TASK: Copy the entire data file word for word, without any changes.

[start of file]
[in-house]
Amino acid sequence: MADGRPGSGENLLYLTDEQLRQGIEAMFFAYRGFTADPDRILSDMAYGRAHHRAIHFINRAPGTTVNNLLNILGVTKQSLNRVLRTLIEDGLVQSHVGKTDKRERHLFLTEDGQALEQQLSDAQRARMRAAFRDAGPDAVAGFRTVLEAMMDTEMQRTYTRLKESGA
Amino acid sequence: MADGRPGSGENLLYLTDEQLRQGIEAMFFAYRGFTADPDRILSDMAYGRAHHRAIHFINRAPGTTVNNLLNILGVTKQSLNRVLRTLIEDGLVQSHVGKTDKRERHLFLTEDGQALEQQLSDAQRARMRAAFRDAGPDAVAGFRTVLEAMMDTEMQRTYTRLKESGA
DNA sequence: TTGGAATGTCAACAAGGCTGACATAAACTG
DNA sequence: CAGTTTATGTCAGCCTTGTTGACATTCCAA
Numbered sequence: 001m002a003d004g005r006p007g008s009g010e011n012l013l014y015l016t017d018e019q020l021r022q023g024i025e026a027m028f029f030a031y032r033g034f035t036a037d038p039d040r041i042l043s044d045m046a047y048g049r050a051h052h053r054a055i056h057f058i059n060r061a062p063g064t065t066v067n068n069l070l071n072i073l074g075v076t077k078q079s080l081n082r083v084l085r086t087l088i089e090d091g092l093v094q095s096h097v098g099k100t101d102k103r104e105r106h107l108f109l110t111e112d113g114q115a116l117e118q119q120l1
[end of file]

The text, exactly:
[in-house]
Amino acid sequence: MADGRPGSGENLLYLTDEQLRQGIEAMFFAYRGFTADPDRILSDMAYGRAHHRAIHFINRAPGTTVNNLLNILGVTKQSLNRVLRTLIEDGLVQSHVGKTDKRERHLFLTEDGQALEQQLSDAQRARMRAAFRDAGPDAVAGFRTVLEAMMDTEMQRTYTRLKESGA
Amino acid sequence: MADGRPGSGENLLYLTDEQLRQGIEAMFFAYRGFTADPDRILSDMAYGRAHHRAIHFINRAPGTTVNNLLNILGVTKQSLNRVLRTLIEDGLVQSHVGKTDKRERHLFLTEDGQALEQQLSDAQRARMRAAFRDAGPDAVAGFRTVLEAMMDTEMQRTYTRLKESGA
DNA sequence: TTGGAATGTCAACAAGGCTGACATAAACTG
DNA sequence: CAGTTTATGTCAGCCTTGTTGACATTCCAA
Numbered sequence: 001m002a003d004g005r006p007g008s009g010e011n012l013l014y015l016t017d018e019q020l021r022q023g024i025e026a027m028f029f030a031y032r033g034f035t036a037d038p039d040r041i042l043s044d045m046a047y048g049r050a051h052h053r054a055i056h057f058i059n060r061a062p063g064t065t066v067n068n069l070l071n072i073l074g075v076t077k078q079s080l081n082r083v084l085r086t087l088i089e090d091g092l093v094q095s096h097v098g099k100t101d102k103r104e105r106h107l108f109l110t111e112d113g114q115a116l117e118q119q120l1